Colour of Discharge

    Normal vaginal discharge of a healthy pregnant mom will be clear to slightly milky in colour. However, if the consistency is watery, and if there is persistent wetness in the panties throughout the day, you should consult your doctor.

    During the first trimester, some women bleed. Known as spotting during pregnancy, this can sometimes manifest as a very small and light period, or as pink, red, or brown vaginal discharge. This is normal – about 1 in every 5 women experiences this.

    If, however, your vaginal discharge in the later weeks is any other colour, this could be a cause for concern.

    White Discharge During Pregnancy

    White Discharge During Pregnancy

    While slightly milky/cloudy vaginal discharge is the most common of all discharges during pregnancy, thick white vaginal discharge indicates a yeast infection. Also known as thrush, it is caused by Candida. To differentiate between this and normal vaginal discharge, look for other accompanying signs: itchiness, tenderness, and pain during sexual intercourse.

    Yellow Discharge During Pregnancy

    Yellow Discharge During Pregnancy

    Vaginal discharge that has been exposed to air appears tainted yellow. This is nothing to worry about. However, yellow vaginal discharge accompanied by a foul smell and frothiness indicates trichomoniasis – a sexually transmitted infection. Look for other accompanying signs like itchiness, burning sensation while urinating, or a red and tender vulva. If you experience all of these, consult your doctor right away.

    Green Discharge During Pregnancy

    Green Discharge During Pregnancy

    Trichomoniasis sometimes colours the vaginal discharge green. Various other infections can also result in greenish discharge during pregnancy. Some of these infections predispose a mom to pre-term labour, leading to premature birth of the baby. Consult your doctor at the earliest.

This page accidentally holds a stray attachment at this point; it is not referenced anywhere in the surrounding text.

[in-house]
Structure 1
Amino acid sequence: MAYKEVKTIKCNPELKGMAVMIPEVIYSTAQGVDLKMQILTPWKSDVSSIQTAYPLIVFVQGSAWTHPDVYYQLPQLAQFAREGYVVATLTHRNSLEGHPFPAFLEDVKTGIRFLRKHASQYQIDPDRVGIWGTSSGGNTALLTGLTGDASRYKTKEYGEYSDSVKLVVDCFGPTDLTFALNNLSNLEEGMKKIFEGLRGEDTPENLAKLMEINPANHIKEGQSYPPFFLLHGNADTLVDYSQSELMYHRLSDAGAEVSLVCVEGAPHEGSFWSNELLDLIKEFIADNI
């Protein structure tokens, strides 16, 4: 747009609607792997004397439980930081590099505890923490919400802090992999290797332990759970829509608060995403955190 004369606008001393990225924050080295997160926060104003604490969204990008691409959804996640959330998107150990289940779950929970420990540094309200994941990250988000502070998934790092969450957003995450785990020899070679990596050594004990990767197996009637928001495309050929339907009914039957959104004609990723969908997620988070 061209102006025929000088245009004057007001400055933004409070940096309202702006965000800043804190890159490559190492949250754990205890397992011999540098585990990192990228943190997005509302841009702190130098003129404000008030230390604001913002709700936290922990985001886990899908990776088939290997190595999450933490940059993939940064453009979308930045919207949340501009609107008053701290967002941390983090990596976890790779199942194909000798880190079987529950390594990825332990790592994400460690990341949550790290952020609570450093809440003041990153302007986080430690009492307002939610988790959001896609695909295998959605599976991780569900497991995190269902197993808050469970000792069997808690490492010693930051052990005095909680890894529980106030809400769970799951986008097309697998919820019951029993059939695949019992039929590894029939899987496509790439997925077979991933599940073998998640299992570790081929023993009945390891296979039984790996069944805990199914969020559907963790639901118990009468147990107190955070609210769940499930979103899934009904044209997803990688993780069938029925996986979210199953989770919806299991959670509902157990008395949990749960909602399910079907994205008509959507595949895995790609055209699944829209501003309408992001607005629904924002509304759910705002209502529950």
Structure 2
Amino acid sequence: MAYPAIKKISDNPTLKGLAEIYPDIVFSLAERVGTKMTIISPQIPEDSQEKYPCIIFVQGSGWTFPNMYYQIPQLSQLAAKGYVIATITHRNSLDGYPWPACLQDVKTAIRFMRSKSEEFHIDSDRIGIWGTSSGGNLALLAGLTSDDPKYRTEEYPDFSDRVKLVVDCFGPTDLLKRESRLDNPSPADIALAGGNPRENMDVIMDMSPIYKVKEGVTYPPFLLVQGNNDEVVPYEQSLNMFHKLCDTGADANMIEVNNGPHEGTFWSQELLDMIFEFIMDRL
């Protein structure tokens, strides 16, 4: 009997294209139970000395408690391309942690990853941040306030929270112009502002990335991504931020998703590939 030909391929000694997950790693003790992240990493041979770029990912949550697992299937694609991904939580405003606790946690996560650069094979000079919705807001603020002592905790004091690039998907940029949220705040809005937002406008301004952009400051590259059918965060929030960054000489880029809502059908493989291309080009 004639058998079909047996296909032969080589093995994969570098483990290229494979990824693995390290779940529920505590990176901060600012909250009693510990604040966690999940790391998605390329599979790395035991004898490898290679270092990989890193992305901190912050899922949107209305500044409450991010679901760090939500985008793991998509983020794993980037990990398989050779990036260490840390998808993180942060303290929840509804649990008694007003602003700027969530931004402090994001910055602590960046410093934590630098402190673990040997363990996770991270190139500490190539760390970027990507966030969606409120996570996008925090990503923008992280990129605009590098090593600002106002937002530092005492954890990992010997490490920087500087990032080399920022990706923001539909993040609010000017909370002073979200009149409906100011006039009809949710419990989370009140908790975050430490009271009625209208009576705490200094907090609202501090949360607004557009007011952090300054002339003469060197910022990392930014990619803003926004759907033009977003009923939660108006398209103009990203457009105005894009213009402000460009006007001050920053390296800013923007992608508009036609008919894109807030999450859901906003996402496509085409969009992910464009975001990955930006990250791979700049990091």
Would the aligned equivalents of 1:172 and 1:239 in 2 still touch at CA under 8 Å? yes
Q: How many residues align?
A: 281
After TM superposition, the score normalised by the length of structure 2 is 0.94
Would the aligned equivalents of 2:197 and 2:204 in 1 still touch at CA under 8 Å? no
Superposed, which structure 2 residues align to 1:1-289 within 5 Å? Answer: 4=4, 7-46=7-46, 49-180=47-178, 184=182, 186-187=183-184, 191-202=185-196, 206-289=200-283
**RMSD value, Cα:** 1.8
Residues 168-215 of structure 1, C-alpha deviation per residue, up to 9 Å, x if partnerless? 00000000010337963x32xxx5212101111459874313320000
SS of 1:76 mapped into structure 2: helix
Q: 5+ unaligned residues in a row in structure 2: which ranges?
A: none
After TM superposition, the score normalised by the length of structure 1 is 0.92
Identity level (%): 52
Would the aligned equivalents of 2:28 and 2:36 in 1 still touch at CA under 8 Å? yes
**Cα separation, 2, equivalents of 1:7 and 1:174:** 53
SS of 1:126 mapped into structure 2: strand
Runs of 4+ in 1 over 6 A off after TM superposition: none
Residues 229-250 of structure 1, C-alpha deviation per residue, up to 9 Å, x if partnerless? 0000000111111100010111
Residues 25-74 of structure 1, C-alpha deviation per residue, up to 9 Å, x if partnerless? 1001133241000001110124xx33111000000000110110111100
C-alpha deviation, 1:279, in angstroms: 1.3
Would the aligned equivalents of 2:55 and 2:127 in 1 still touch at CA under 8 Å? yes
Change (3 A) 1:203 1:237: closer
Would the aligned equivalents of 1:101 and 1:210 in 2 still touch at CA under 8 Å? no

Brown/Red Discharge During Pregnancy

    Brown/Red Discharge During Pregnancy

    Two instances when a brown or red discharge is normal have already been discussed before (in the first trimester, caused by spotting, and close to the due date, caused by falling off of the cervical mucus plug). Apart from that, if your vaginal discharge is ever streaked brown or red, it could indicate a possible miscarriage. It could also indicate an ectopic pregnancy, or an issue with the placenta.

    Grey Discharge During Pregnancy

    Grey Discharge During Pregnancy

    Grey vaginal discharge is a sign of bacterial vaginosis, especially if accompanied by a fishy smell, and if exhibited just after sexual intercourse.

    Smell of Discharge

    Normally, mucosal vaginal discharge is odourless or has a very faint sour odour. The food you consume can affect the natural odour of your vaginal discharge, just like it gives your urine and sweat a typical smell too. This is why vaginal discharge of two women will not smell the same.

    By now you must be familiar with your typical ‘normal’ odour. So any particular smell that is not normal, and persists for more than a day should ring the alarm bell in your mind. Some of these smells have been discussed above – for example, fishy smell of bacterial vaginosis. Apart from that, sometimes, your vagina could just give off a strong odour; this is your natural odour, but stronger, such that you can smell it if you strip down to your panties. This indicates either poor hygiene, or a disturbed microflora. Use a vaginal wash. In rare cases, you may experience a typical cheesy smell – it indicates a yeast infection. Get medical help.

    Regularity of Discharge